D.N. Drake of The Courier: The Mundane Science Fiction Ezine responded in my comments to my previous post. I was happy to get any readers at all, and he was quite polite about my unfair dismissal of his just-created journal. He did suggest that I was "confused as to what mundane SF is." He also suggested that Anthony Burgess and Phillip K. Dick were examples of two good mundane sci-fi writers ("not all of their stuff, obviously.")
My first snarky response to the suggestion that I was confused about what mundane is would be to say "and until I actually see an example of it, how couldn't I be?" But Drake's comment was very measured and civil, and I'd like to be as well.
I think that part of what Drake meant, perhaps, was that mundane sci-fi is not just "a list of negations," as I overheatedly put it. The idea behind mundane sci-fi also involves a very strong social consciousness. Mundane sci-fi should at least suggest at ways to live on our planet into the next few centuries if warp drives, nanotech and personality uploads don't bail us out. Regardless of my aesthetic judgements, I couldn't agree more that we need to start thinking about how to live responsibility with the technology we have rather than expect that some future tech will come along and save us. For example, we continue to irresponsibly blow the tops off mountains for coal and drive 17 mpg three-ton behemoths around, assuming it will be okay because nuclear fusion and fuel cell cars are just around the corner. Only problem is, those technologies have been twenty years down the road since the late '50s, and the goalposts keep retreating.
I think the social consciousness issue is why Drake suggested PKD as a possible model for mundane sci-fi. (I don't think it's fair to draft dead authors into your movement, except in the sense of "we want to write like x.") It can't have been primarily about "the rules," so to speak. Clearly Dick's deskside toolchest featured a number of mundane no-nos, including strong AI, alien intelligences, interstellar travel (FTL is never specified, but Palmer Eldritch travels to faraway places too fast for it to be any other way), and flat-out unapologetic psychic-power mumbo-jumbo. A lot of the other mundane taboos, like personality uploads or nanotech, hadn't really been thought up back then, but if they had I'm sure he'd have toyed around with them too. When he wrote a story that contained none of these, it was probably more of a coincidence than a conscious decision. Technical implausibility, a major deal-killer both for mundane sci-fi and in the sci-fi world in general today, just wasn't really that important to Dick (or a lot of other great authors in his time). He was thinking more in the classic spec-fic mode of "what would people act like if we could do x?"
But, and this is where he was different back then, PKD chose to write about the Starship Academy rejects, the losers left behind on the wreck of the planet after eveyone else had hopped off to stars unknown. And he made it very clear that by then we'd have f***d the place up but good. The world of "Androids Dream" is so radioactive people have to wear lead underwear to keep their sperm alive, while in "Three Stigmata" the world is prophetically overheating (and this as far as I know is years before anyone mentioned the greenhouse effect).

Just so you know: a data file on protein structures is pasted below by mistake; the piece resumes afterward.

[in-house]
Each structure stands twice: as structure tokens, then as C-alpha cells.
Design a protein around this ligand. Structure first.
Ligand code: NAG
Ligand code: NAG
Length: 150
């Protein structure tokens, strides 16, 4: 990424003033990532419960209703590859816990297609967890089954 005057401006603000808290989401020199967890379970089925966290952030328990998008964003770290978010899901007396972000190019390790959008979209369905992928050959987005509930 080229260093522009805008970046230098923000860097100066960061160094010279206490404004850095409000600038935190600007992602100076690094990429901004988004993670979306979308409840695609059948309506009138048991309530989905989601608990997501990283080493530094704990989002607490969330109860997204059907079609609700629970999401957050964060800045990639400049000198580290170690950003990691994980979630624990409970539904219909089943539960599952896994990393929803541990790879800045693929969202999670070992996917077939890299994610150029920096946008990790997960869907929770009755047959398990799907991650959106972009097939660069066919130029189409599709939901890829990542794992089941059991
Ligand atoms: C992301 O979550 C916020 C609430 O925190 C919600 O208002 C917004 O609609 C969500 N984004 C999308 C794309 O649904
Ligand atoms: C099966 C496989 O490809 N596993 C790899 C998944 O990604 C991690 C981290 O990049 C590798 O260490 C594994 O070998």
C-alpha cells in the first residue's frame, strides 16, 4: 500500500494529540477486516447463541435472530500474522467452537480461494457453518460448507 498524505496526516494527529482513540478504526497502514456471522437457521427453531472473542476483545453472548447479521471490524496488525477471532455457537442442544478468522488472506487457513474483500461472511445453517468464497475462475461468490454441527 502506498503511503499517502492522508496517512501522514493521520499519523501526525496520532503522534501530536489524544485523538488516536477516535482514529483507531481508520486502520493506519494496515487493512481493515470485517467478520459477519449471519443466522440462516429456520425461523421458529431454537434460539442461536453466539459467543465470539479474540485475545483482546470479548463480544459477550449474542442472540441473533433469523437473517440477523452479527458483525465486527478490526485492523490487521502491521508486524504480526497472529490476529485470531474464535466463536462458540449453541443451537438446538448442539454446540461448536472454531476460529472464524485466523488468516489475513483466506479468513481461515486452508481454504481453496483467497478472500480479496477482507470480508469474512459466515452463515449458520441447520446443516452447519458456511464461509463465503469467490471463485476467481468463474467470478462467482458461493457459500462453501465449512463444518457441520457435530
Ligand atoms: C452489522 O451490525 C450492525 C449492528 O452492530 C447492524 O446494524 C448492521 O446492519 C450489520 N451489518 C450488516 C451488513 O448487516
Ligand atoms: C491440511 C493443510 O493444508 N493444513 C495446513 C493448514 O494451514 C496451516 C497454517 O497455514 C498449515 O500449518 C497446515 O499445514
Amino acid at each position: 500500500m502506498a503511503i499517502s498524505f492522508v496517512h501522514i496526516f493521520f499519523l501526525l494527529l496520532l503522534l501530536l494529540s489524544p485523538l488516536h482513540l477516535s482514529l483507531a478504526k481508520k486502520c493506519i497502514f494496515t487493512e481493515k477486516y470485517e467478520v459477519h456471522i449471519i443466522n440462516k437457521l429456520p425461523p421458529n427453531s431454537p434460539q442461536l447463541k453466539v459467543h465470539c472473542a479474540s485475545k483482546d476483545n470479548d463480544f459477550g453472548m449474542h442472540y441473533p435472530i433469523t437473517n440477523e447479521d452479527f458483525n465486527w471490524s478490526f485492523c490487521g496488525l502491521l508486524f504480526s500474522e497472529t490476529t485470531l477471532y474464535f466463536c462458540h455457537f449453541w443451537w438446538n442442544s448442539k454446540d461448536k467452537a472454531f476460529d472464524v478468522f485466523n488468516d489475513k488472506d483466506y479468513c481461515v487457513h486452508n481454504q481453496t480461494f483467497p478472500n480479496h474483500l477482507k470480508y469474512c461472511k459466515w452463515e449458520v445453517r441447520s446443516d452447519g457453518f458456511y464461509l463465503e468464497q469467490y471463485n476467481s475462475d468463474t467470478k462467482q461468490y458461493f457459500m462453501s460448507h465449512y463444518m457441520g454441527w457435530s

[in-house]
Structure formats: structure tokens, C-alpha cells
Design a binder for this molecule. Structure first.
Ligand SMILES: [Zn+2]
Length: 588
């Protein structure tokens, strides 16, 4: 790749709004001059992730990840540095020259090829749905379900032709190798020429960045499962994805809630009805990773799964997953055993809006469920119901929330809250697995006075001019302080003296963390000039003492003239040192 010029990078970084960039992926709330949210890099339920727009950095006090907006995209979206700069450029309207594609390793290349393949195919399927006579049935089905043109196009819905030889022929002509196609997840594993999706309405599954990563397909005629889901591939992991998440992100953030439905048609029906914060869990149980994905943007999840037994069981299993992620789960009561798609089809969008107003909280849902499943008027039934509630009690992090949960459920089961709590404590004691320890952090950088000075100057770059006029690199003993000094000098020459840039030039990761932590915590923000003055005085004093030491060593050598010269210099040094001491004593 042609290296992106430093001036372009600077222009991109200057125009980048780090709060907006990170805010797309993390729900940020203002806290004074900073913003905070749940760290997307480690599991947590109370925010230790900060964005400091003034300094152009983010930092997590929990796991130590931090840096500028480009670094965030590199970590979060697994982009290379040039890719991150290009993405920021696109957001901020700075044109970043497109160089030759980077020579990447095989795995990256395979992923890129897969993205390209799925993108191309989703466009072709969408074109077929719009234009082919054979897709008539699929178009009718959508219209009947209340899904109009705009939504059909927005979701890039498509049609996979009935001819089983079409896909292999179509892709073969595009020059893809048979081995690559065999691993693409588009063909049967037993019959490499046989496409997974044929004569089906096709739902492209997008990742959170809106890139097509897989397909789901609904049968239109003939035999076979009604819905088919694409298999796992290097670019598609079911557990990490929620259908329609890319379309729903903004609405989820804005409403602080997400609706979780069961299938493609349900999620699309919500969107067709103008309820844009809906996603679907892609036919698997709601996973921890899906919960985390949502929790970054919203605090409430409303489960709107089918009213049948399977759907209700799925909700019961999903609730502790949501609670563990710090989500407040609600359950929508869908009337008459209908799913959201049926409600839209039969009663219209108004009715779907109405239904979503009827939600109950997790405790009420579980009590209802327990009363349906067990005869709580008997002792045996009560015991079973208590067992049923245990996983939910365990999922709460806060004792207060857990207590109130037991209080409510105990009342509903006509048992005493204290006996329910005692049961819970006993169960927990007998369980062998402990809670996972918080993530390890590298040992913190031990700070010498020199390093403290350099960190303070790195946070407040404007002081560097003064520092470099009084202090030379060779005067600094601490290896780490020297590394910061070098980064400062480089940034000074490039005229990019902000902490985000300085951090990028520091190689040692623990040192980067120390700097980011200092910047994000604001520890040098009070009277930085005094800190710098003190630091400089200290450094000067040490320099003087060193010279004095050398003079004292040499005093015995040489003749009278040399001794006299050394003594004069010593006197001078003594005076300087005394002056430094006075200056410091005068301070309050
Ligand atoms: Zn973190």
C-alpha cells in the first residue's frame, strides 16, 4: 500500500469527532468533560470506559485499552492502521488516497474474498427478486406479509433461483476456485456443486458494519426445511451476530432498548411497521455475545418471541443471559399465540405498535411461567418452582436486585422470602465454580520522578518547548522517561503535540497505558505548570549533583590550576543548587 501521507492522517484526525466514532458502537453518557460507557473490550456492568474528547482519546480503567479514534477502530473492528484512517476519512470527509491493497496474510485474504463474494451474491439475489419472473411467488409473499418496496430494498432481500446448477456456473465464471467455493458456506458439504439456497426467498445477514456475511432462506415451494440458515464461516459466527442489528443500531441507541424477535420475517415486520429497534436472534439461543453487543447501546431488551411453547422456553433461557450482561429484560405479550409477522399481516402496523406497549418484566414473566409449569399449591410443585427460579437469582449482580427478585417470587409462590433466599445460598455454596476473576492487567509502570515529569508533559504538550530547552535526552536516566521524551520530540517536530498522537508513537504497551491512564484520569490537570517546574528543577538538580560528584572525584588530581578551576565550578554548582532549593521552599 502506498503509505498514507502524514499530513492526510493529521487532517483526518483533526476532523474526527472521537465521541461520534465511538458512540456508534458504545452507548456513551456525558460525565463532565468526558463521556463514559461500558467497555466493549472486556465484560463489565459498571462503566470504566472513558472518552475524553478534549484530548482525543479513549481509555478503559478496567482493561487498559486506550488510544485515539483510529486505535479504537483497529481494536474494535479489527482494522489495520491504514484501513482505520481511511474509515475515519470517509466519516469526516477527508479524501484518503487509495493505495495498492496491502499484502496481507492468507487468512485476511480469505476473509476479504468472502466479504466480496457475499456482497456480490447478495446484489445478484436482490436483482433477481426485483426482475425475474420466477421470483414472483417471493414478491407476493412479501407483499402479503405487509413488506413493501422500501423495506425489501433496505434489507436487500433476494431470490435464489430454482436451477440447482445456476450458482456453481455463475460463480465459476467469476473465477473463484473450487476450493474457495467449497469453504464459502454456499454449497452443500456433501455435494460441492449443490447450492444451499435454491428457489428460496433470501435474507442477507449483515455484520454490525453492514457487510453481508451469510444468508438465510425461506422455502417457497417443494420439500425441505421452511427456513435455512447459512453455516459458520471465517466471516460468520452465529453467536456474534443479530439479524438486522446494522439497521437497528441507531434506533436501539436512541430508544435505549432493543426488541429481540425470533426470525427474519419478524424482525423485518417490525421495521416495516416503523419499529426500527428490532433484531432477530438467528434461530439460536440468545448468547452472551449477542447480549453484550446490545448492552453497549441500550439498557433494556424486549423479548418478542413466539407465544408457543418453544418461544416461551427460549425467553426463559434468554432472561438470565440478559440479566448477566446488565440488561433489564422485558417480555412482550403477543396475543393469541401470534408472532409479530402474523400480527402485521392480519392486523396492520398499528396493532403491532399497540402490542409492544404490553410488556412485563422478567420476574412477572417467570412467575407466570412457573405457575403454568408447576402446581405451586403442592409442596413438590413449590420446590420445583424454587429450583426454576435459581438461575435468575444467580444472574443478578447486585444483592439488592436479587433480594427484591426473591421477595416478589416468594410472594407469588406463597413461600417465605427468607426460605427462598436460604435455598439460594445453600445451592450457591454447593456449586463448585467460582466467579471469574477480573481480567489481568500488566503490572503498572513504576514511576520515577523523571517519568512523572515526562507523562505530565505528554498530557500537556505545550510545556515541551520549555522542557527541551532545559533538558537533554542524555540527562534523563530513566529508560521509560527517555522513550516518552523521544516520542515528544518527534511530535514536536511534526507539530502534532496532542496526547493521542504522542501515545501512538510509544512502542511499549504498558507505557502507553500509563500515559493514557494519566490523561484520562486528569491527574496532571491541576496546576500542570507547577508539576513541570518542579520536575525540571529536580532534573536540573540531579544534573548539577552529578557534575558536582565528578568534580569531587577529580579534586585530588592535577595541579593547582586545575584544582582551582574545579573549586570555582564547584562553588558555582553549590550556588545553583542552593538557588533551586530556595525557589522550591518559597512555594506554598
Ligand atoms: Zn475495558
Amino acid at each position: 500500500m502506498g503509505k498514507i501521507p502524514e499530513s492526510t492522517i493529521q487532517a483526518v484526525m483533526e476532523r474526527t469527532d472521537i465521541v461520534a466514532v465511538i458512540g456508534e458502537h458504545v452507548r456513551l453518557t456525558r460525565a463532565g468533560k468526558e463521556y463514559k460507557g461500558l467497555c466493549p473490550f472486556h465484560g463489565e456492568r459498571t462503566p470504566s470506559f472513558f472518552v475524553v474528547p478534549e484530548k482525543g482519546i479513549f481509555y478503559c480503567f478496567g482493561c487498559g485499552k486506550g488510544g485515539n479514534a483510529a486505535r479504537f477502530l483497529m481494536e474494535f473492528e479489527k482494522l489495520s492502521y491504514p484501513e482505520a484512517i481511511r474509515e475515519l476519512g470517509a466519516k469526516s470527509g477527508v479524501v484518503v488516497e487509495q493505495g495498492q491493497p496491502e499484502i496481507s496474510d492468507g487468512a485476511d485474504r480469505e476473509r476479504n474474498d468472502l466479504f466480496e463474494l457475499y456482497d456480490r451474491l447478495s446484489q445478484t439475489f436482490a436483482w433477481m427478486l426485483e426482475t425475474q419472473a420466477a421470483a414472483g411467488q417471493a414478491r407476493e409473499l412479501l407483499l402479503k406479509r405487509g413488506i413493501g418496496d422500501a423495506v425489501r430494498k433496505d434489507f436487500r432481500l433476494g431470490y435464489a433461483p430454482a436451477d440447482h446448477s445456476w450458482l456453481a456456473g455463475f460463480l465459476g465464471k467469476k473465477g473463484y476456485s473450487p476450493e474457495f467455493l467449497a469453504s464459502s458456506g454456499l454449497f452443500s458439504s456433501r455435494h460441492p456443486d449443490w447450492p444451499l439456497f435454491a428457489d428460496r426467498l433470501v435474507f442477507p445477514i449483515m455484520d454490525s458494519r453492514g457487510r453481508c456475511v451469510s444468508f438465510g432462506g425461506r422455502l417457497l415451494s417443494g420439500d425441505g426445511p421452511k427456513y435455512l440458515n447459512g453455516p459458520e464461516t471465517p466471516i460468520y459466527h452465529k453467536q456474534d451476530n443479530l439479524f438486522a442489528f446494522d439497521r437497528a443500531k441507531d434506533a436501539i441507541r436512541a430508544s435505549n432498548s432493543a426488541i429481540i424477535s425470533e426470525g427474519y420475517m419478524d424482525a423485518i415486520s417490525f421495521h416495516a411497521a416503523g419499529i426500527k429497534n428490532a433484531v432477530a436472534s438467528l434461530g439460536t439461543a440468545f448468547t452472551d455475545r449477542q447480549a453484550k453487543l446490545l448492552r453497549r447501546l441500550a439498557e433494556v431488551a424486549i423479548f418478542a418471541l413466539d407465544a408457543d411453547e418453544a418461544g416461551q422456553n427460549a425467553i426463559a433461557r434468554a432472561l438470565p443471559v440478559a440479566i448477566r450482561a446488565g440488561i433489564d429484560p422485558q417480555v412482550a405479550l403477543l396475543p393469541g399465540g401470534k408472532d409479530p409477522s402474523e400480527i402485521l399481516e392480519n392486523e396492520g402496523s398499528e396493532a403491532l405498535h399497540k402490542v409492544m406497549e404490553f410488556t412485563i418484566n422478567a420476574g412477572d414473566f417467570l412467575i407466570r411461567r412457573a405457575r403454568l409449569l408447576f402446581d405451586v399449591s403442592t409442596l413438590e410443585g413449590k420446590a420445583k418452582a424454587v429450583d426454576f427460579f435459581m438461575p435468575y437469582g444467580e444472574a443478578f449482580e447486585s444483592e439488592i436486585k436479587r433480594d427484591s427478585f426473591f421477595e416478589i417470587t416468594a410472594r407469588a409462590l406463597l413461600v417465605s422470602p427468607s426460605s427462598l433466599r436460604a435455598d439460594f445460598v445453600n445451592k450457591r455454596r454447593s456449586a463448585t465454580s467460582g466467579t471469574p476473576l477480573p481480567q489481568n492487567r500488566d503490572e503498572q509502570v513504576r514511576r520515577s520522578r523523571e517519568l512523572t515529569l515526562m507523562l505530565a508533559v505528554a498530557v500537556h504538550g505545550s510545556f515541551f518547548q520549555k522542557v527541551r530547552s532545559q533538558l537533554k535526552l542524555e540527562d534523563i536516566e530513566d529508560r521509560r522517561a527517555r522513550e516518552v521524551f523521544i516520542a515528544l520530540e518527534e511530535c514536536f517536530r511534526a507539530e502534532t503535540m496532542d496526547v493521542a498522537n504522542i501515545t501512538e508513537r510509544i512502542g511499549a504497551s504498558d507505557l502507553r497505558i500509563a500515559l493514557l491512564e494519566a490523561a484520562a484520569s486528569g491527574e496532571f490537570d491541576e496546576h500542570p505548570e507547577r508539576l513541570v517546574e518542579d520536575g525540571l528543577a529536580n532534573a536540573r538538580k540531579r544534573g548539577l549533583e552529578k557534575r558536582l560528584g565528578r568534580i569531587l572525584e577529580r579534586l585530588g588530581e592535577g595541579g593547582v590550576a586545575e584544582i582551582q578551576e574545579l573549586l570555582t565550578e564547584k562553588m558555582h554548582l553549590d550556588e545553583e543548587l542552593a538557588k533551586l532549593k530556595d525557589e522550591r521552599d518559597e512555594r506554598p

So one could argue that he had a very mundane POV even when his stories weren't technically mundane. Which is fair enough, but if you're going to do take that attitude you might have to expand what mundane sci-fi is about, and make it less a list of things you can't do and more about what you're trying to do with your story.
I agree with Julian Todd & Geoff Ryman that sci-fi today needs a kick in the ass. But they seem to feel that it's because most sci-fi authors today see a problem and wave their artifically intelligent nanotech time-travel magic wand and fix it. It's true that really bad authors do that. But any really good authors understand that new tech fixes some problems and creates others. For example, the issue of the rights of replicants in "Androids." In Alastair Reynolds' Inhibitors universe, nanotech fixes a lot of problems, but it also makes possible the horror of the Melding Plague, forcing many people to abandon it.
There's plenty of examples of that in the real world. The success of antibiotics against bacterial infections would have seemed like science fiction a century ago. But as a result of overuse we're getting antibiotic resistant bacteria. The availability of food today, at least in western nations, means that even the poorest people in countries like ours won't die because they can't get enough calories. But as a result many poor people end up being both overwieght and malnourished from bad diets, while being slender is something that wealthy aspire to. If PKD had been alive a few centuries ago, I could see him having predicted this.
So what kind of new injustices would we have if we did have interstellar travel, or personality uploads? It wouldn't be mundande sci-fi, but it could be just as socially conscious. Look at how H.G. Wells turned imperialism on its head with "War of the Worlds."
And if mundane sci-fi has a carrot as well as a stick, perhaps its proponents could shift the emphasis. Maybe more people would want to write mundane stories if there was more talk on what the stories should be about, and less about what they shouldn't. I think I would.